Jack Forman

Fashion Designer

United States of America

2

AWARDS

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Human-material interaction was a calling I have long been nurturing. It brought me to my bachelor’s Carnegie Mellon University, where I double-majored in Materials Science and Engineering (MSE) and Biomedical Engineering (BME), to learn more from nature’s demonstrations of what matter could be: programmable, adaptive, and responsive. After cultivating a solid technical foundation, I ventured from studying to making. In third and fourth year, I first-authored a CHI paper on a reversible morphing artificial muscle fiber [1]. I also led the design of a morphing clothing collection with that fiber, and showed it at a fashion show of over 1,000 attendees, and published a co-first authored CHI late-breaking work on hydrogel-textile actuators[2]. After graduating with top honors at Carnegie Mellon, I am now a second-year M.S. student at the MIT Media Lab, in the Tangible Media Group with Professor Hiroshi Ishii. I presented my UIST 2020 full paper on 3D printing fabric via under extrusion and received an honorable mention for Best Demo. My side project, an opacity changing smart material eye project, was awarded an honorable mention in Fast Company’s 2020 Innovation by Design Awards in the Students Category. I am also the co-president of LGBT Grad@MIT, and a diversity representative on the Graduate School Committee. In my Ph.D., I am interested in studying programmable matter. Emerging digital fabrication methods allow for the precise control of a material’s properties from the micro to the macroscopic scale. With these approaches, digital information can be embedded into materials as defects, thereby controlling a material’s properties. A question I am planning to address in my research is: how can new programmable material fabrication platforms be developed to empower the creation of human-centered responsive devices?

WEBSITE
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EDUCATION

Massachusettes Institute of Technology (2019-Present): M.S. in Media Arts and Sciences

Carnegie Mellon University (2015-2019): B.S. in Materials Science & Biomedical Engineering

WORKING EXPERIENCES

Tangible Media Group, MIT | Cambridge, MA September 2019 - present
Experiences Research Assistant
Invented fast, inexpensive approach to 3D print fully-fabricated textiles
Working on bridging Biological Computing with Human-Computer Interaction

Accenture Future Technologies Lab | Somerville, MA June 2020 - August 2020
R&D Researcher
Investigating 3D Printing and Fabrication Technologies


Morphing Matter Lab, CMU | Pittsburgh, PA August 2017 - August 2019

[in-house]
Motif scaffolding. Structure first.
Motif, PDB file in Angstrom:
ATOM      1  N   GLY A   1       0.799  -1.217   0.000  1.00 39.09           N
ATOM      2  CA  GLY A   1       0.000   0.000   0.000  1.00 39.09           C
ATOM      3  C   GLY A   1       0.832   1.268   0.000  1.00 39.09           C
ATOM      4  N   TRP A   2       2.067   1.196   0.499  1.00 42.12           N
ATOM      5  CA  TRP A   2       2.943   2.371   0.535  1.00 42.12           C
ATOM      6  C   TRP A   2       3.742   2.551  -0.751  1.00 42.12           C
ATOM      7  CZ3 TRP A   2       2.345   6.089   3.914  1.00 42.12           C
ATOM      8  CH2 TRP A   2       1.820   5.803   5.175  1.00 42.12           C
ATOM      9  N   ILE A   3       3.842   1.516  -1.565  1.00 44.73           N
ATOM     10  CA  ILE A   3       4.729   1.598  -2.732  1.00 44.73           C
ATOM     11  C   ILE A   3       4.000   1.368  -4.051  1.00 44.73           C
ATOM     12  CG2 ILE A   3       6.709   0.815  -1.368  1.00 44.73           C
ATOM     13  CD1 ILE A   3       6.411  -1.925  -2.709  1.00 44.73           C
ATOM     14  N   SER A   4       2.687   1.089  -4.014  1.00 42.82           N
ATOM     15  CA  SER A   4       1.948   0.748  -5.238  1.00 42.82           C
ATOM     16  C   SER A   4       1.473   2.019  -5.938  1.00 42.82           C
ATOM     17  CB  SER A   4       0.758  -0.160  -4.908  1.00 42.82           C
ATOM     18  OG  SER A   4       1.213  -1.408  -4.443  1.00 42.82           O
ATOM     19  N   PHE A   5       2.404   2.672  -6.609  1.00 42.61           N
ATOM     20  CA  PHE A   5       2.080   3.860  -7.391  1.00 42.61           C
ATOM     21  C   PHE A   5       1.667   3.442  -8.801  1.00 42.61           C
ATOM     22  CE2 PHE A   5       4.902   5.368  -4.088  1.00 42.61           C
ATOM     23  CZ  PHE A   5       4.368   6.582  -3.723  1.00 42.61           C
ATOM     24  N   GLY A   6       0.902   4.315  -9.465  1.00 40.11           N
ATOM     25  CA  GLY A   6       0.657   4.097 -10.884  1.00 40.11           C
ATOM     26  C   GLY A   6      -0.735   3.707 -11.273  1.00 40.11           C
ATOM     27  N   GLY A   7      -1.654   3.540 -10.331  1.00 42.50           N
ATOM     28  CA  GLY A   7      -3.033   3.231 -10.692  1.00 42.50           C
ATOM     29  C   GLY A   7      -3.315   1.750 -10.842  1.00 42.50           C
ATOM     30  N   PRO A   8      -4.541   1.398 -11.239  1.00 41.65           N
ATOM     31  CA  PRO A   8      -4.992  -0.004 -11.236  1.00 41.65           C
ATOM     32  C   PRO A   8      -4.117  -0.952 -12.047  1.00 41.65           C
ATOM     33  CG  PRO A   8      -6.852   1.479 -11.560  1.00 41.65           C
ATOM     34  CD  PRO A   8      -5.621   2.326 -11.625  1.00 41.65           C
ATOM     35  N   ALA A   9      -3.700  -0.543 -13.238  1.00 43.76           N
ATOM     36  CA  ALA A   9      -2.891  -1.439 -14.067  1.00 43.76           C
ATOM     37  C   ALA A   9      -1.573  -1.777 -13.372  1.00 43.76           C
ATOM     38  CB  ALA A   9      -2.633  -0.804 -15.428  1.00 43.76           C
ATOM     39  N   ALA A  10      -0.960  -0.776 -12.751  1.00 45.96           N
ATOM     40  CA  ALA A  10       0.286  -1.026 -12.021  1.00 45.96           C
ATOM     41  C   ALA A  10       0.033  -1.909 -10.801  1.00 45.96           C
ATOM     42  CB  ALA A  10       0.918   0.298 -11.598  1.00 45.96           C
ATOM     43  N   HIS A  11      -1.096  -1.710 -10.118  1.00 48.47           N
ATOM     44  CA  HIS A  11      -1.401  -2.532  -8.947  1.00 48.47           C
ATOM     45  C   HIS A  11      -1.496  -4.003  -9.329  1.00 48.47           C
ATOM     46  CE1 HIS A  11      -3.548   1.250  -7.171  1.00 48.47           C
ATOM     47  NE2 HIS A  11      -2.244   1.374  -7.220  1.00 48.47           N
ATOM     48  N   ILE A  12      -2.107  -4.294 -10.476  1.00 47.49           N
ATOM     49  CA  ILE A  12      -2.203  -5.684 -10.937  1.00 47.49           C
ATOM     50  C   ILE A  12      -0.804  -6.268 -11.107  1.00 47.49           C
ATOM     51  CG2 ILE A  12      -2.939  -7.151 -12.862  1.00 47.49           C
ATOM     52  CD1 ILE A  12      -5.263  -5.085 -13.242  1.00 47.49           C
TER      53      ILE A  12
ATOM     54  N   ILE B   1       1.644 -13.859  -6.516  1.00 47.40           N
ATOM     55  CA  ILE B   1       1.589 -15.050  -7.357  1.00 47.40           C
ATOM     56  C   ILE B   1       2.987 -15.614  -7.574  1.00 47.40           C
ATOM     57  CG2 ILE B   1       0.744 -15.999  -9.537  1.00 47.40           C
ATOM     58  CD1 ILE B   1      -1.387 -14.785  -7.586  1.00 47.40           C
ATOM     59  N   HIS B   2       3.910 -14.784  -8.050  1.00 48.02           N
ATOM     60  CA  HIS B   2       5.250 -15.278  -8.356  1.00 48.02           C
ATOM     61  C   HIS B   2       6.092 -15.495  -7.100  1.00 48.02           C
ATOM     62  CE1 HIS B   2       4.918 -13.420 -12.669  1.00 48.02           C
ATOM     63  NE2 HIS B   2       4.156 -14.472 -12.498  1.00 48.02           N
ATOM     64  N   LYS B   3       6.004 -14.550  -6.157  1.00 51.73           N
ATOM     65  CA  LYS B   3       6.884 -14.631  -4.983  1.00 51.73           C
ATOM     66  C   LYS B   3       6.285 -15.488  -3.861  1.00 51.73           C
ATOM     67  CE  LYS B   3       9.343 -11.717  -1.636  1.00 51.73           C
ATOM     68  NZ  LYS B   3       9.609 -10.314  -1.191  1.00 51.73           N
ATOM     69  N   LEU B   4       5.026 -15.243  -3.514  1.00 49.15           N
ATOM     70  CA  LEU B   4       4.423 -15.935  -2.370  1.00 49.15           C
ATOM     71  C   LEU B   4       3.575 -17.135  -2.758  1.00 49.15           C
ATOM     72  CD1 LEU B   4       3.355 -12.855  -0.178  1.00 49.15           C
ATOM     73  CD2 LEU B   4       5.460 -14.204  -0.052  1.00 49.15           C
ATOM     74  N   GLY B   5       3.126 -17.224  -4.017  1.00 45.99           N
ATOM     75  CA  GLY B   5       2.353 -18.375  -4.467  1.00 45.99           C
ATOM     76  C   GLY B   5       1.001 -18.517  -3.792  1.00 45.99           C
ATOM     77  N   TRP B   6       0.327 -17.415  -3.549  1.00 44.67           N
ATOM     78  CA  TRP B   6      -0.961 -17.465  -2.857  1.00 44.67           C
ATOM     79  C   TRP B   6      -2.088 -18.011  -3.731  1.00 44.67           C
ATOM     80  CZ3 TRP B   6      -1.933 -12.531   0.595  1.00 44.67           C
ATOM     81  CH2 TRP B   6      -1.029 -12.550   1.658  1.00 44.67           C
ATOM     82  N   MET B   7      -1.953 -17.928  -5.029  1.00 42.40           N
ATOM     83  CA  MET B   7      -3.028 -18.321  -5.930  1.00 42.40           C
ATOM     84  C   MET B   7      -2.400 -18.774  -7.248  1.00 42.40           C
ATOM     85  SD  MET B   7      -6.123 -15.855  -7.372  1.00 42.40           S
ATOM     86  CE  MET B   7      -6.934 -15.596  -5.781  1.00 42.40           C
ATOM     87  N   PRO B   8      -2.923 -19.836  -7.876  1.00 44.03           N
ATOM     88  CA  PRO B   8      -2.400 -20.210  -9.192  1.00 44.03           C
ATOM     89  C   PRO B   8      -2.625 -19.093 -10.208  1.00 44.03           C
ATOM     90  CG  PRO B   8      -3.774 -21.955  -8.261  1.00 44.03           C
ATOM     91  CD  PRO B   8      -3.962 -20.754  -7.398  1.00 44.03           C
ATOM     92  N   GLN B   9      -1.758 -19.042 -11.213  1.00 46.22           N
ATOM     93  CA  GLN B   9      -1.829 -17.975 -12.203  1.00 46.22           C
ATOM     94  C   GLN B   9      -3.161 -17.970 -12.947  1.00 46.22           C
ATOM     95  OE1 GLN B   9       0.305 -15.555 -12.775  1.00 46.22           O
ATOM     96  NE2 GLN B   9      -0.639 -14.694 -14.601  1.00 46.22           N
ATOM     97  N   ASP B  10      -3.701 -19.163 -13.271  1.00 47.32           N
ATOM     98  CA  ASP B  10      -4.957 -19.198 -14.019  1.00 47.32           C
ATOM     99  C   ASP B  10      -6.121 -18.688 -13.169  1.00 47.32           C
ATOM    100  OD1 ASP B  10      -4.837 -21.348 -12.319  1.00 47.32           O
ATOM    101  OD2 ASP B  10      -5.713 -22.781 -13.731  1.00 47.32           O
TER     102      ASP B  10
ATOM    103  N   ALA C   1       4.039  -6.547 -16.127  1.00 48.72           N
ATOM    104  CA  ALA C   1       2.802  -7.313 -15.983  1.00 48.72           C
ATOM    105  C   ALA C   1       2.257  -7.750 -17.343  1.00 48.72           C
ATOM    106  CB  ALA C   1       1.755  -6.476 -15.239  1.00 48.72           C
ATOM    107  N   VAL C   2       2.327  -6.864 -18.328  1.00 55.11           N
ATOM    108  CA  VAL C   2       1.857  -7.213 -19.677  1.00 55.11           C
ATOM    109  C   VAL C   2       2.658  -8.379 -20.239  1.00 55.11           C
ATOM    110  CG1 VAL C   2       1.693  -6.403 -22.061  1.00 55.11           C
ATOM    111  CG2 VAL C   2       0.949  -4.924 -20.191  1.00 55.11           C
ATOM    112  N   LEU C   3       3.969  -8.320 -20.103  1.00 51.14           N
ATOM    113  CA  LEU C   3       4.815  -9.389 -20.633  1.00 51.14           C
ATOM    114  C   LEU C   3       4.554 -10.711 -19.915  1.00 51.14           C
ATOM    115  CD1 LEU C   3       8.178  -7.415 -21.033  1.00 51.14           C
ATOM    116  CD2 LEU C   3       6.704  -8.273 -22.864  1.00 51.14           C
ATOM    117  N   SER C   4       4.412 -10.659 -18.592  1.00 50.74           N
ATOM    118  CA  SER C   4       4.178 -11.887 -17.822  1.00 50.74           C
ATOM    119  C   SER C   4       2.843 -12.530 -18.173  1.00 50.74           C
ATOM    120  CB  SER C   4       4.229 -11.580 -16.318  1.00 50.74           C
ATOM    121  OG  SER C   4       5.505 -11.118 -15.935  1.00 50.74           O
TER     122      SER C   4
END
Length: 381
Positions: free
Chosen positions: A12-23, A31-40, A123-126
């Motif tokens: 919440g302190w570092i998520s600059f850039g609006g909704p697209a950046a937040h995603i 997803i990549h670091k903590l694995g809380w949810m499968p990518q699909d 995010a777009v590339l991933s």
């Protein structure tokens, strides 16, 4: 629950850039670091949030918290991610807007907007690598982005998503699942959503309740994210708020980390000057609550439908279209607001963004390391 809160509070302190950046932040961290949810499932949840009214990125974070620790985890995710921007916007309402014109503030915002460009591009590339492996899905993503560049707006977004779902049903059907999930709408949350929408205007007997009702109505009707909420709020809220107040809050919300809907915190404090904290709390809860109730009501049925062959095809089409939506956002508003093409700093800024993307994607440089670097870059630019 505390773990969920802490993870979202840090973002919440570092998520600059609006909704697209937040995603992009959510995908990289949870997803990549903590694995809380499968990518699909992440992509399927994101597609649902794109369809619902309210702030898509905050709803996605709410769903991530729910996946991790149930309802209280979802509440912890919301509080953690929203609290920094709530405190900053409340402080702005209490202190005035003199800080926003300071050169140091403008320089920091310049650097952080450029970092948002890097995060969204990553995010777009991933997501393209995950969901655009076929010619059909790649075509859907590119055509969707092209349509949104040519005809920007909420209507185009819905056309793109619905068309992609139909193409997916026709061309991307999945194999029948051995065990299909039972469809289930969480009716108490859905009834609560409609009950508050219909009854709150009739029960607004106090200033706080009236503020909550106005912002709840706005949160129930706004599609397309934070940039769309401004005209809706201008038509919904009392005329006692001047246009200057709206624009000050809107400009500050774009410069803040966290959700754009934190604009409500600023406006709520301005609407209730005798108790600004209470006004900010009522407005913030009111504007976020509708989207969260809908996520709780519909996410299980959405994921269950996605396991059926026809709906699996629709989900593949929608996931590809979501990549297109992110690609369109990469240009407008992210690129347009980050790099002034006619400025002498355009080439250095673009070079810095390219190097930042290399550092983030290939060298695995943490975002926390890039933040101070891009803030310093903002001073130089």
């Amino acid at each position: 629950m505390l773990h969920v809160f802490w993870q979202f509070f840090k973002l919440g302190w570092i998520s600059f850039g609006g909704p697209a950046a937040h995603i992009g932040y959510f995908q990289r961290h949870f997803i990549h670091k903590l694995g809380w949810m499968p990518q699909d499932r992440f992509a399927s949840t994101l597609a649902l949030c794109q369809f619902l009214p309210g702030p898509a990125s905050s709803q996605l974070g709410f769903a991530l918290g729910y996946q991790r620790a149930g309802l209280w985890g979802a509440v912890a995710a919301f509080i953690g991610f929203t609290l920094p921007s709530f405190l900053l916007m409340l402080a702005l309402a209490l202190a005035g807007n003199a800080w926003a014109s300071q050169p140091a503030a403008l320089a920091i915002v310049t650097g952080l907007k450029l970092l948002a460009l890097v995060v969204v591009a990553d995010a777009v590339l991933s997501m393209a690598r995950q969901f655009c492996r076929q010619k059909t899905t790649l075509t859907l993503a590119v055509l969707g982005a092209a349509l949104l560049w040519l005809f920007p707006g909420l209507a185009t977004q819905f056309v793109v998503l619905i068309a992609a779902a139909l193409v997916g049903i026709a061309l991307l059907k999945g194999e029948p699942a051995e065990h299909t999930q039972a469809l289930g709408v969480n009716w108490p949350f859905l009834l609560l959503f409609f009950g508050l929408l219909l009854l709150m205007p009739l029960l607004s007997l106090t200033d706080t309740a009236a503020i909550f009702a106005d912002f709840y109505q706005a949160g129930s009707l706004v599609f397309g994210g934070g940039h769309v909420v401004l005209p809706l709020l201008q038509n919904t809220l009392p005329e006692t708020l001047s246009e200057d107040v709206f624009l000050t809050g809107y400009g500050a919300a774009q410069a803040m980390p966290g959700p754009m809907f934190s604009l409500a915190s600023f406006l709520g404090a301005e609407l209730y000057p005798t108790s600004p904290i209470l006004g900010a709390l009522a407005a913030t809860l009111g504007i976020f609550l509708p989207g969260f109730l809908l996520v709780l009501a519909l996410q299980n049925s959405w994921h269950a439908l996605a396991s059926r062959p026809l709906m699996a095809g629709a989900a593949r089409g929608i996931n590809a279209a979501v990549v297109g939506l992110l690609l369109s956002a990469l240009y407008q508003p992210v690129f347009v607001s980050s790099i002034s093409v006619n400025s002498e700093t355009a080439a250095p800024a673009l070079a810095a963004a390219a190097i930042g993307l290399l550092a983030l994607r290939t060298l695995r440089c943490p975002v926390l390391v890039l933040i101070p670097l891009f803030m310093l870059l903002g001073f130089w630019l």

Undergraduate Research Lead
Invented and published novel 2-way shape changing thread actuators
Created an untethered soft robotic jellyfish
Lead a team of graduate students in a research collaboration with Estée Lauder

Estée Lauder Companies | Melville, NY May 2018 – August 2018
Materials Science R&D Intern
Tested and analyzed polymer-surfactant compatibility for swelling and stress cracking
Improved the accuracy of the stress crack testing by 30 times
Developed two goniometer operating procedures for contact and sliding angle analysis
Introduced a theoretical framework for predictive compatibility testing

United States Steel Corporation | Munhall, PA June 2017 – April 2018
Metallography Intern
Developed a setup and procedure for electropolishing steel that allowed for a 20% improvement in retained austenite measurements
Programmed excel spreadsheets to analyze a vast array of employee statistics

North Atlantic Industries | Bohemia, NY Summer 2016
Test Engineering Intern
Analyzed existing circuit designs to determine appropriate test strategy and specified test requirement; worked with senior engineers to learn how to recommend test equipment
Collaborated with a software engineering team to develop test programs to verify functional operations of NAI products

High Entropy Alloys Group, Carnegie Mellon | Pittsburgh, PA Spring 2016
Research Assistant
Assisted a graduate student in making blocks of severalhigh entropy alloys using a miniarc melting system, and creatednanocomposite flakes using a melt spinner
Characterized alloys using Scanning Electron Microscopy and X-ray diffraction

AWARDS AND PRIZES

Honorable Mention Fast Company Innovation By Design Awards 2020 (Student Category: Heliozzz)

SELECTED PROJECTS

DefeXtiles

FUNCTION:

Textile Fabrication

LOCATION:

Cambridge

YEAR:

2020

Aerial View of Forest

ABOUT

DefeXtiles is a rapid and low-cost technique to produce realistic high-fidelity textiles on 3D printers. In this work, we demonstrate that under-extrusion defects can be finely controlled to quickly print thin flexible textiles into complex 3D shapes. Our approach enables a myriad of applications including printing full sized garments, deformable tangible interfaces, and ultra-tough shuttlecocks.

Aerial View of Forest
Aerial View of Forest
Aerial View of Forest
Aerial View of Forest

PHOTO CREDITS:

Jack Forman

COPYRIGHTS:

Jack Forman

DefeXtiles

FUNCTION:

Textile Fabrication

LOCATION:

Cambridge

YEAR:

2020

Aerial View of Forest

ABOUT

DefeXtiles is a rapid and low-cost technique to produce realistic high-fidelity textiles on 3D printers. In this work, we demonstrate that under-extrusion defects can be finely controlled to quickly print thin flexible textiles into complex 3D shapes. Our approach enables a myriad of applications including printing full sized garments, deformable tangible interfaces, and ultra-tough shuttlecocks.

Aerial View of Forest
Aerial View of Forest
Aerial View of Forest
Aerial View of Forest

Jack Forman

PHOTO CREDITS:

Jack Forman

COPYRIGHTS:

FUNCTION:

LOCATION:

YEAR:

Aerial View of Forest

ABOUT

Aerial View of Forest
Aerial View of Forest
Aerial View of Forest
Aerial View of Forest

PHOTO CREDITS:

COPYRIGHTS:

Jack Forman